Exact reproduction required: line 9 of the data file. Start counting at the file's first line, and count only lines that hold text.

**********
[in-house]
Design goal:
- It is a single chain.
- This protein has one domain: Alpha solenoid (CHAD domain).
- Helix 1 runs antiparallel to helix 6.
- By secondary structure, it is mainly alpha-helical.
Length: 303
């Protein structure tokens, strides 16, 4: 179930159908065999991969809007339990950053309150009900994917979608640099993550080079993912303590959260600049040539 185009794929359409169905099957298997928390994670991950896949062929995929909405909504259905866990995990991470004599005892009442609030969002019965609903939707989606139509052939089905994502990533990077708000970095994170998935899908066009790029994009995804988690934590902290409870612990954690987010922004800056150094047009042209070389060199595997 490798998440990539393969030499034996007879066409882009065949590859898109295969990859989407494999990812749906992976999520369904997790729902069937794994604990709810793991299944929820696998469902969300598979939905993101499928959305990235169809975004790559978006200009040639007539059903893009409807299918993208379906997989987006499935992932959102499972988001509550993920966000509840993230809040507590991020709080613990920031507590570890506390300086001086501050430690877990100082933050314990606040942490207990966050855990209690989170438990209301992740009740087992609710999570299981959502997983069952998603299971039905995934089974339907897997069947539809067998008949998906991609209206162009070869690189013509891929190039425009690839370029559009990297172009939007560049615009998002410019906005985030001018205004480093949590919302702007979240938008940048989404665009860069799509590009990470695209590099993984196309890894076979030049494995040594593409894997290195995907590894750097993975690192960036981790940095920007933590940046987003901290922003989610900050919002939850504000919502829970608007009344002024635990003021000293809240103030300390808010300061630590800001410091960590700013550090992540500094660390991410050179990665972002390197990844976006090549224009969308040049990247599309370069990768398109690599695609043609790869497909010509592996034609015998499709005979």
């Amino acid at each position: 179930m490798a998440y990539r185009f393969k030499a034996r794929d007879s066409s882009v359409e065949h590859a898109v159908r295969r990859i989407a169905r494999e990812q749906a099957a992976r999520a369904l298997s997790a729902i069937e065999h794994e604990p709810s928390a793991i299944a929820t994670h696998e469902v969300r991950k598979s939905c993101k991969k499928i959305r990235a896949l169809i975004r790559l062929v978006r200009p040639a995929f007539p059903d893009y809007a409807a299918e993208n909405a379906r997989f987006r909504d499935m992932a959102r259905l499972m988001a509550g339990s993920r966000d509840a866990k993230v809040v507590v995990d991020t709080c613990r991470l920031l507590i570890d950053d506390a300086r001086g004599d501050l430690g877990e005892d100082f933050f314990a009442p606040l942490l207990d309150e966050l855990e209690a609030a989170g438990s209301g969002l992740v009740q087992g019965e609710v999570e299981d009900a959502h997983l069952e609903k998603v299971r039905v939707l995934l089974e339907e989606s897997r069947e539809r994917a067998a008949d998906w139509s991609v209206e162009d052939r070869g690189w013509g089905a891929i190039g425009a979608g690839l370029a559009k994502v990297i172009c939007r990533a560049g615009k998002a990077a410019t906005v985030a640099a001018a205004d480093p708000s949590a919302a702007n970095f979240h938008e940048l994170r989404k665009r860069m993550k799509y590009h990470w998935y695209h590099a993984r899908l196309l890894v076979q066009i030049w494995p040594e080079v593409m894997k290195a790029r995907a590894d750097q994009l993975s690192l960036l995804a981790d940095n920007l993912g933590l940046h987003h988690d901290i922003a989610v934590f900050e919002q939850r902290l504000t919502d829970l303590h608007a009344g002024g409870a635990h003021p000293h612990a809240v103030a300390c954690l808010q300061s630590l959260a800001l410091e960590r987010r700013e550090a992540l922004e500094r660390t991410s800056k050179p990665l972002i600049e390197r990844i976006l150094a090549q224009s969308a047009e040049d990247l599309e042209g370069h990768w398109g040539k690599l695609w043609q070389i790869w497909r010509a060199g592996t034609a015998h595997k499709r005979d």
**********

């Amino acid at each position: 179930m490798a998440y990539r185009f393969k030499a034996r794929d007879s066409s882009v359409e065949h590859a898109v159908r295969r990859i989407a169905r494999e990812q749906a099957a992976r999520a369904l298997s997790a729902i069937e065999h794994e604990p709810s928390a793991i299944a929820t994670h696998e469902v969300r991950k598979s939905c993101k991969k499928i959305r990235a896949l169809i975004r790559l062929v978006r200009p040639a995929f007539p059903d893009y809007a409807a299918e993208n909405a379906r997989f987006r909504d499935m992932a959102r259905l499972m988001a509550g339990s993920r966000d509840a866990k993230v809040v507590v995990d991020t709080c613990r991470l920031l507590i570890d950053d506390a300086r001086g004599d501050l430690g877990e005892d100082f933050f314990a009442p606040l942490l207990d309150e966050l855990e209690a609030a989170g438990s209301g969002l992740v009740q087992g019965e609710v999570e299981d009900a959502h997983l069952e609903k998603v299971r039905v939707l995934l089974e339907e989606s897997r069947e539809r994917a067998a008949d998906w139509s991609v209206e162009d052939r070869g690189w013509g089905a891929i190039g425009a979608g690839l370029a559009k994502v990297i172009c939007r990533a560049g615009k998002a990077a410019t906005v985030a640099a001018a205004d480093p708000s949590a919302a702007n970095f979240h938008e940048l994170r989404k665009r860069m993550k799509y590009h990470w998935y695209h590099a993984r899908l196309l890894v076979q066009i030049w494995p040594e080079v593409m894997k290195a790029r995907a590894d750097q994009l993975s690192l960036l995804a981790d940095n920007l993912g933590l940046h987003h988690d901290i922003a989610v934590f900050e919002q939850r902290l504000t919502d829970l303590h608007a009344g002024g409870a635990h003021p000293h612990a809240v103030a300390c954690l808010q300061s630590l959260a800001l410091e960590r987010r700013e550090a992540l922004e500094r660390t991410s800056k050179p990665l972002i600049e390197r990844i976006l150094a090549q224009s969308a047009e040049d990247l599309e042209g370069h990768w398109g040539k690599l695609w043609q070389i790869w497909r010509a060199g592996t034609a015998h595997k499709r005979d």